On the Conroe ISD’s $807 million bond (tax hike): I want so badly to be accepted, but I’ve failed…because I’ve dared to think

On the Conroe ISD’s $807 million bond (tax hike): I want so badly to be accepted, but I’ve failed…because I’ve dared to think
Image: The Conroe Rotary Club, in violation of the International Bylaws of Rotary International, along with Curtis Null, Conroe ISD Superintendent, who has said Texas law prohibits him from “advocating” for or against the $807 million Conroe ISD bond, are both openly advocating for the $807 million Conroe ISD bond. When the “establishment” promotes a cause, the law, organization bylaws, and ethics never get in the way.
Eric Yollick, The Golden Hammer
I want so badly to be accepted, but I have failed…
I’m in an uneducated ruffian. Unlike Conroe Independent School District Superintendent Curtis Null, I don’t have a Ph.D. in Professional Leadership. Unlike Dr. Null, I don’t make a salary of $330,000 a year from tax dollars.
I’m not accepted.  Oh, I want acceptance so badly.
I want to be a member of the Conroe Rotary Club and be welcomed there.
I want to be a member of the Facilities Planning Committee of the Conroe Independent School District.
I want to be important.
I want the President of the school board to tell me that I’ve done “exemplarary [sic] work.”
But they didn’t appoint me to the Facilities Planning Committee. I’m not a member of the Conroe Rotary Club. They didn’t tell me that I was going to need to be a part of the political action committee that the Conroe Independent School District set up to endorse whatever bond it was that the administrators told the Facilities Planning Committee to endorse. They didn’t ask me. They didn’t appoint me.
Now I see that, since Dr. Null is openly advocating for the school bond, he gets to speak as the invited guest of the Conroe Rotary Club. That’s a violation of Texas law for Null to do that. It’s a violation of the Bylaws of Rotary International. According to The Rotarian, the international magazine of Rotary International, Rotary International requires only that clubs not endorse candidates or take sides on public issues. See “The body politic,” The Rotarian, April, 2016.
About a year ago, the programs director for Conroe Rotary told me that he wanted me to come and speak and set a specific date for me to do that. I would speak about how to use The Golden Hammer, Montgomery County’s leading daily newspaper, as a source for all news: local, state, national, and international. But then the Club President Leland Dushkin found out about it and canceled the program, because he doesn’t like me or the anti-government-spending viewpoint of The Golden Hammer. (Dushkin works for Weaver & Tidwell, the accounting firm which has taken $60,000 several different years to put a cover letter on the Montgomery County Auditor’s work without providing any meaningful review.)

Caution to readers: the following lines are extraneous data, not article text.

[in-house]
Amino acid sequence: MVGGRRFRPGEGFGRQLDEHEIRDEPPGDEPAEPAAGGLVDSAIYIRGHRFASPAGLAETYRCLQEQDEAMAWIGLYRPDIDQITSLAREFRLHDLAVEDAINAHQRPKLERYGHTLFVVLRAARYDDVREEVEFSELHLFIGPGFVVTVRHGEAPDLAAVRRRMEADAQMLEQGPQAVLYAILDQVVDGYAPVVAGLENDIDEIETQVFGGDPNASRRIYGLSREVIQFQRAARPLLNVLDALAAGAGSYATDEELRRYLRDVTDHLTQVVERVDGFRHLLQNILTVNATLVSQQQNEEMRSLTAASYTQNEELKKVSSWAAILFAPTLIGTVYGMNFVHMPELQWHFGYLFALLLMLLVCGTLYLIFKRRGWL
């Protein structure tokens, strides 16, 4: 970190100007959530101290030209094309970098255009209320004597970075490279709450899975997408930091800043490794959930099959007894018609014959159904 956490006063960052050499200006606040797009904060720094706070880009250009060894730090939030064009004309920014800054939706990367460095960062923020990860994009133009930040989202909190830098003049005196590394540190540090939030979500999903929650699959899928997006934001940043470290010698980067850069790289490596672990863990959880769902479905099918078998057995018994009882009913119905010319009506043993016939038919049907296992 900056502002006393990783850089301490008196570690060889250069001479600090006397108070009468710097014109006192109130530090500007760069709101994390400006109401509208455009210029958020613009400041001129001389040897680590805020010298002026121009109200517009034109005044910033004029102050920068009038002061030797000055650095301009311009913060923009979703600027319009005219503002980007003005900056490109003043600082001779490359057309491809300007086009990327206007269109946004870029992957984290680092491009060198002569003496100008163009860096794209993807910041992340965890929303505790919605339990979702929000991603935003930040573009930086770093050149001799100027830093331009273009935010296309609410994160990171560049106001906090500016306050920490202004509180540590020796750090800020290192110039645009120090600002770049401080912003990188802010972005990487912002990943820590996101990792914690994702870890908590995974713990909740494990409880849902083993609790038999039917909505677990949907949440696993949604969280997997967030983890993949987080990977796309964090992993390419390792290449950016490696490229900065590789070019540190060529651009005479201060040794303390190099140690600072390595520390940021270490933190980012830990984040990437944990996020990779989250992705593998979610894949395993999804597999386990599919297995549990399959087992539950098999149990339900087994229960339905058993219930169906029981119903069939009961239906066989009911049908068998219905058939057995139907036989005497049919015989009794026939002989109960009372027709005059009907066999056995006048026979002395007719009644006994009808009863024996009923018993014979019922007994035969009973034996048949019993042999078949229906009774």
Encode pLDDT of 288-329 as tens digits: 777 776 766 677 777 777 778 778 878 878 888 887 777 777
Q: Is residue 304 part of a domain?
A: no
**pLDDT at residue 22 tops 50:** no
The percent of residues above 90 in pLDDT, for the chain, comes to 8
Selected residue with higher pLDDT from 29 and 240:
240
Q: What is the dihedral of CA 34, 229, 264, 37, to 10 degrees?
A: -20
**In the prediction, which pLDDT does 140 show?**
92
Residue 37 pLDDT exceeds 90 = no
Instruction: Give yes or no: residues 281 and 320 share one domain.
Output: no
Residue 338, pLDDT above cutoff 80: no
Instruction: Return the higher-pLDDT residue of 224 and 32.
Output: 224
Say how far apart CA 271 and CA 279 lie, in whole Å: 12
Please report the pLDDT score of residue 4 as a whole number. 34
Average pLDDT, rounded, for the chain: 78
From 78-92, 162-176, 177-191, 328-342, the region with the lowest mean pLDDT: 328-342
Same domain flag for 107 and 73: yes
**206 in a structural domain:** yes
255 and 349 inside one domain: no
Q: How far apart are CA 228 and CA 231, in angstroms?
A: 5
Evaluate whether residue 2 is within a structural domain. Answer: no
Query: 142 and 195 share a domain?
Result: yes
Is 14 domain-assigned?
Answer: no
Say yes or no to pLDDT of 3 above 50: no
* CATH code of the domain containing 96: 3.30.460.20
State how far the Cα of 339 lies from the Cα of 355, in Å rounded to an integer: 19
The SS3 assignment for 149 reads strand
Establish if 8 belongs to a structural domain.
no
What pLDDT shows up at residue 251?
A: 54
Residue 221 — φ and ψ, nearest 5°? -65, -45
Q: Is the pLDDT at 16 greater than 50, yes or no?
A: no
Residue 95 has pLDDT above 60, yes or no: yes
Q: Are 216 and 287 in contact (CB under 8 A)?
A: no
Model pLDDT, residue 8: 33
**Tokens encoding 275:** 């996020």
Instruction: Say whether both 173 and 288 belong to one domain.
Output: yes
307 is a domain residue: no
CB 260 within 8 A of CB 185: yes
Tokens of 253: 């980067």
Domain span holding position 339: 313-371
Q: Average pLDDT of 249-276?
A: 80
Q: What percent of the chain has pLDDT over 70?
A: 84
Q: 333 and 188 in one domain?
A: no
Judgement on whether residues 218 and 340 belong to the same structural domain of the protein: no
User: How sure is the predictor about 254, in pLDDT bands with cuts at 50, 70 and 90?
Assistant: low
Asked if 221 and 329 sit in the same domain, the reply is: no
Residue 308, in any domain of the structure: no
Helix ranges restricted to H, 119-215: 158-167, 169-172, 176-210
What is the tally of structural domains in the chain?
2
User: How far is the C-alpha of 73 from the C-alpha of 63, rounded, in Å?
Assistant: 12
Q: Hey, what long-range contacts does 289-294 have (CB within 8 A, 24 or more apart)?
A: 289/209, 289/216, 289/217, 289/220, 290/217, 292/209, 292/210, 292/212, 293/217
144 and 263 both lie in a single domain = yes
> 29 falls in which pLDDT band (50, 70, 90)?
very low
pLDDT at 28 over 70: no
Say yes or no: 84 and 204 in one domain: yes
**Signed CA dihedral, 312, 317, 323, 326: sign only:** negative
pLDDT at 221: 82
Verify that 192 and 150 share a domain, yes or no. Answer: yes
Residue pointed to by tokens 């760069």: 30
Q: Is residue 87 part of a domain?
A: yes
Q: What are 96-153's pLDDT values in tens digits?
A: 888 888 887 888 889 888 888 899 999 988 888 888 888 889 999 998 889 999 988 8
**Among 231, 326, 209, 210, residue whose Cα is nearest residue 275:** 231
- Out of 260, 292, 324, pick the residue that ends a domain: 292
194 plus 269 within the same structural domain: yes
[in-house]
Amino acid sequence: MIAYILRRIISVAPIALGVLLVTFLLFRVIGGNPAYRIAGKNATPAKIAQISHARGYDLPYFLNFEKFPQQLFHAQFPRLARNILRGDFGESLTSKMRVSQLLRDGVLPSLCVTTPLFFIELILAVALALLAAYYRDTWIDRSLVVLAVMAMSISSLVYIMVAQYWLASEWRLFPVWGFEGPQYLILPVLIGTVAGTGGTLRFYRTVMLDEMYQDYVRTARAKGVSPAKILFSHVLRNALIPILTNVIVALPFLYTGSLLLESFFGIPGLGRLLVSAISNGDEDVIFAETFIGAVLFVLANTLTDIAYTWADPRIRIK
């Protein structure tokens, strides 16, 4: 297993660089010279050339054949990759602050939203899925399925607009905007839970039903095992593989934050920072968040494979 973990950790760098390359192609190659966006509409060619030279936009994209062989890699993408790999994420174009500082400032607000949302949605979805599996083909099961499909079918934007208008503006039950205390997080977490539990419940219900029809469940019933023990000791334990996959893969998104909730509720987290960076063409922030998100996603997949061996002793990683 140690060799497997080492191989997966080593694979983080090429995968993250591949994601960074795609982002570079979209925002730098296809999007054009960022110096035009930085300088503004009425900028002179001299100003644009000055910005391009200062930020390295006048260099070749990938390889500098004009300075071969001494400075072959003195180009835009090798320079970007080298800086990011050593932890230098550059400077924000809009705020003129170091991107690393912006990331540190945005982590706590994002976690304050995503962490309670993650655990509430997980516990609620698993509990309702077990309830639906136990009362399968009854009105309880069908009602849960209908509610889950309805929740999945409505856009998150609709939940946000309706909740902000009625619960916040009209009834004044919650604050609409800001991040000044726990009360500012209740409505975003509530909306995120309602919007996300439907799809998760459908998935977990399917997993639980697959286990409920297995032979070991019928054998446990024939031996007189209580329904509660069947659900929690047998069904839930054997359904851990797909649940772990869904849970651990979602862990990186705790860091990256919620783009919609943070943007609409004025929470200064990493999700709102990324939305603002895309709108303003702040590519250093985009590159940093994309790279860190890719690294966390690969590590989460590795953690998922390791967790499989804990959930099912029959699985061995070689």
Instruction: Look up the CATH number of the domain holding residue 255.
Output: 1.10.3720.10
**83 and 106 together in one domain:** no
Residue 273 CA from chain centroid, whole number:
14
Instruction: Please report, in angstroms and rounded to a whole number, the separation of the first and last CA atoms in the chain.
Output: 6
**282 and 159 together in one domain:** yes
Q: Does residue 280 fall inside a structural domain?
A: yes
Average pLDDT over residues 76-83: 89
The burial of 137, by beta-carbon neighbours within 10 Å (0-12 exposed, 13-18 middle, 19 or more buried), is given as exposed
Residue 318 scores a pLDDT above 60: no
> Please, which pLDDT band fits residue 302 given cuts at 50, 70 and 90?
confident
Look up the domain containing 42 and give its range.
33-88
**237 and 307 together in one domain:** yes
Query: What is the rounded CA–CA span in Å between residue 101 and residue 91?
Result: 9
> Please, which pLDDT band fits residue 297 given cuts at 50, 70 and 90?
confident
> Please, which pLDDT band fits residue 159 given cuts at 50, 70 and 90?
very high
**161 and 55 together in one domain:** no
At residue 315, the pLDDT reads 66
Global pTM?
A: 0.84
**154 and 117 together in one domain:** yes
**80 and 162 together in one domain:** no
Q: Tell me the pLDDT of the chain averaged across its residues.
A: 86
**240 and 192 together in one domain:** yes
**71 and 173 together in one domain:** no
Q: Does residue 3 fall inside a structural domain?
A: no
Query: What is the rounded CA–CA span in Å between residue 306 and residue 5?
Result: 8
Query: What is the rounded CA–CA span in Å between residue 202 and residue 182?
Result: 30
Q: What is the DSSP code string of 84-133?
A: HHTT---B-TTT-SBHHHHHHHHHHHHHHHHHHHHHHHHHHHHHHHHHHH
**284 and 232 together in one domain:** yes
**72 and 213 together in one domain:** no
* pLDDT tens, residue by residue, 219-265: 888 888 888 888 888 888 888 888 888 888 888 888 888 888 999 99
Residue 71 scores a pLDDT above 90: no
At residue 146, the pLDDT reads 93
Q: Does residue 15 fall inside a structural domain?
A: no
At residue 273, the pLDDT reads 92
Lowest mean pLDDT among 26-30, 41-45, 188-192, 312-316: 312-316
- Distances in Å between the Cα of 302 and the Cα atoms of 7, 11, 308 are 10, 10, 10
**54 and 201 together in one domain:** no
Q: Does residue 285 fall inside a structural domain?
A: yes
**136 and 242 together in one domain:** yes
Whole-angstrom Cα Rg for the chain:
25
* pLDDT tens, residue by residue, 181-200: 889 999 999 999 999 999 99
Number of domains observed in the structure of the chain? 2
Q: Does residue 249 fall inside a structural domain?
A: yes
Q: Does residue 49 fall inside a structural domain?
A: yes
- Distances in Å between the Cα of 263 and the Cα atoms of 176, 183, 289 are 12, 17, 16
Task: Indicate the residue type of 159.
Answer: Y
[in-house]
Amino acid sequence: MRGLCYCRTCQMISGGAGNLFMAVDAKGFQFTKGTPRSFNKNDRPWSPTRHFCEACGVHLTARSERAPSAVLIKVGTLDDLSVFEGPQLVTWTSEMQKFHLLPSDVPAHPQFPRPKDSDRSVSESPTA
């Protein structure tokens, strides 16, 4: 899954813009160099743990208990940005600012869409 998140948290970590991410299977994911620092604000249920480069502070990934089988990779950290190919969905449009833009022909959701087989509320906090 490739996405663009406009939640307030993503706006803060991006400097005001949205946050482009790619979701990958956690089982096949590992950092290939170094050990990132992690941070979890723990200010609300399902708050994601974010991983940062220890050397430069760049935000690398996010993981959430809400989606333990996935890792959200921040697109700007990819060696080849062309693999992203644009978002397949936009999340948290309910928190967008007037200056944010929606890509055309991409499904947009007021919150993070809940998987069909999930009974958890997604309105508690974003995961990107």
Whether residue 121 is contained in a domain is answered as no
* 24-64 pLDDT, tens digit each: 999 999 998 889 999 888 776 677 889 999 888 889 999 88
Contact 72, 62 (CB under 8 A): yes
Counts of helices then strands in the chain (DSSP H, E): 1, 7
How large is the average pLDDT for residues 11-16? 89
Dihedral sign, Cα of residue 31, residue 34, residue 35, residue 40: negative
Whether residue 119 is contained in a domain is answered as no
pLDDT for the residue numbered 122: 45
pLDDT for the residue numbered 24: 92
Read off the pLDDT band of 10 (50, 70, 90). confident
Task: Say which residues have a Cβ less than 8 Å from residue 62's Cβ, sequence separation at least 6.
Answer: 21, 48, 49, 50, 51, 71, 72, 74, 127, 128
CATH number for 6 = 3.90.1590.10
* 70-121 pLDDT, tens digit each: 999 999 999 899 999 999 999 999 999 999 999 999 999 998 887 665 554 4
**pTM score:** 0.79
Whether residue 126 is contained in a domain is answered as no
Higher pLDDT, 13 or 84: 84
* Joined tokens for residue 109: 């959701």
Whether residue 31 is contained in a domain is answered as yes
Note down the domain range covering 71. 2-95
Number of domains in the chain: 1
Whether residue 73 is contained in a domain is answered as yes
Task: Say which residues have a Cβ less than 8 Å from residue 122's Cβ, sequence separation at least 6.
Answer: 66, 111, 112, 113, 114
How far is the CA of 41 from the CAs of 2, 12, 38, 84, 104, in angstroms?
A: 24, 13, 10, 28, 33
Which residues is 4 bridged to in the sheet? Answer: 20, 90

Just recently, I’ve asked to speak to the Conroe Rotary about the $807 million CISD bond proposal, because I’m Chairman of a group, Children’s Hope, that opposes the bond. Conroe Rotary has indicated that they won’t let me speak, because only Null, who is advocating “WHY it [the Bond issue] is needed” will be the speaker.
Why won’t they accept me? I’m starting to think that the reason they won’t accept me is because I’m daring to use my mind.
When I go to Chamber of Commerce luncheons and hear people speak, I actually evaluate and analyze what they’re saying. I don’t just blindly accept it. To them, that means that I don’t support our community. You see the way that you have “to show support for our community” is by agreeing that we should take our collective money and spend it on the programs that they want.
It is not our place to question their high judgment. It is not our place to ask questions.
We are supposed to accept that because someone takes government tax dollars to pay for their personal life, or, because they happen to garner more votes than someone else in an election, they have gained wisdom, which we, as regular citizens, will never have. Fundamentally, that is precisely what the $807 million dollar bond proposal is all about. It’s about accepting the elitist “establishment’s” reality and not questioning it. It’s about shutting up.
And that’s why I realize that I’ll never live within the political establishment of this community. I’m always going to be an outsider. I do the one thing that the establishment never wants me to do: use my mind. That’s the ultimate crime. That’s why our school districts in public education are so vociferously teaching our children to avoid thinking. They encourage our children to think collectively and not individually. What they’re really doing there is teaching our children not to think at all.
Instead of learning how to read, how to write, how to perform mathematics and understand it, they have turned our educational institutions into vocational schools where analytical thinking is the lowest priority, because it’s something upon which they actually frown.
That’s what the bond election is all about. Will the citizens reject groupthink? Or will they demand that schools revert to their original priority to educate rather than building real estate, political, and bureaucratic empires?

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